You Can't Run Away From It
It helped that Allyson had as her co-star one of the hottest young actors around - Jack Lemmon. The actor, who was eight years her junior, had just won the Best Supporting Actor Oscar® for Mister Roberts (1955) and scored in the musical-comedy My Sister Eileen (1955). Lemmon was cast in the role originated by Clark Gable, as a newspaper reporter who spots a career-making story in a runaway heiress, only to find himself falling in love with her. Lemmon was nervous about stepping into the shoes of "The King." The young actor was already apprehensive about having won the Oscar® so early in his film career and felt sure "there must be a bomb around the corner...too much build-up for a fast let-down." You Can't Run Away from It replicated virtually every scene from It Happened One Night, including the famous disrobing moment that had famously caused sales of undershirts to plummet when it was revealed that Gable didn't wear one. In an interview given at the time of the film's production, Lemmon noted, "Remember I am where Clark Gable took off his shirt and you could hear girls squeal from Maine to California. Well, I wonder what'll happen when I take my shirt off. I don't think it'll impress anybody much. They'll just see a skinny guy with his ribs sticking out. No Clark Gable, just me." As it turned out, he had nothing to worry about. Although reviewers compared You Can't Run Away from It unfavorably with its source, critics and audiences alike were enthusiastic about Lemmon and wanted to see more of him. Even Frank Capra, director of the original, broke his rule about visiting the set of a remake of one of his films to see the rising star at work. Capra considered Lemmon "one of our greatest actors" who had yet to show his full potential. The director had every intention of casting the actor in a future project, but it was never to be.
Allyson also had high praise for her co-star, noting in her autobiography that he was the actor who made her laugh the most. She also later described him as "one of the most professional people I've ever worked with....The nicest thing, I think, while we worked on that film, was the way he always showed respect for everyone else there. He would never expect anyone to do anything he was not prepared to do himself. And Dick loved him. They got on very well indeed."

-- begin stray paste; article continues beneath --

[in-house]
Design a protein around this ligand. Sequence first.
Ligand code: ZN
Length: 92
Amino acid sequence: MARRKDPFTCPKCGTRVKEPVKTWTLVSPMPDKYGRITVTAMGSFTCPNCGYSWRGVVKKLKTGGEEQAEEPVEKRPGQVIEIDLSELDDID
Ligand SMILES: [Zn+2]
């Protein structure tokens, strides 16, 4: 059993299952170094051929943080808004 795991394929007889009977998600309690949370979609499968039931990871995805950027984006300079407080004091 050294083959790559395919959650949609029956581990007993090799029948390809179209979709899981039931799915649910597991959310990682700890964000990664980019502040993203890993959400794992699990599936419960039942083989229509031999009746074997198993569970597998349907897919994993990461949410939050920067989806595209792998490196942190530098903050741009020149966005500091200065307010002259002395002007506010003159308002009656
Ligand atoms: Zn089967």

Actually, Powell was reportedly very worried about the possibility of a romance sparking between his wife and her co-star. The couple had been separated not long before when Allyson fell for co-star Alan Ladd during production on The McConnell Story (1955). Some have noted that this may be why in the full ninety-six minutes of the Lemmon-Allyson movie, the romantic leads never kiss once.
Allyson was no stranger to remakes. In 1948 she appeared in the sixth American version of The Three Musketeers and followed that with Little Women (1949), playing the role Katharine Hepburn originated in the first American sound version in 1933. Following You Can't Run Away from It, she was directed by Douglas Sirk in Interlude (1957), stepping into Irene Dunne's shoes from the original, When Tomorrow Comes (1939). Then it was on to the remake of My Man Godfrey (1957), co-starring with David Niven in the roles created by Carole Lombard and William Powell in 1936. Almost every version was considered well below the originals, and after one more picture in 1959 (A Stranger in My Arms), she did not appear on movie screens again until the murder-mystery They Only Kill Their Masters (1972), playing completely against type as a [SPOILER ALERT] killer lesbian, albeit with her trademark lisp and hairstyle still intact.
Director: Dick Powell
Producer: Dick Powell
Screenplay: Claude Binyon, Robert Riskin, from Riskin's screenplay for It Happened One Night, based on the story "Night Bus" by Samuel Hopkins Adams
Cinematography: Charles Lawton, Jr.
Editing: Al Clark
Art Direction: Robert Peterson
Original Music: George Duning
Cast: June Allyson (Ellie Andrews), Jack Lemmon (Peter Warne), Charles Bickford (A.A. Andrews), Jim Backus (Danker), Stubby Kaye (Fred Toten).
by Rob Nixon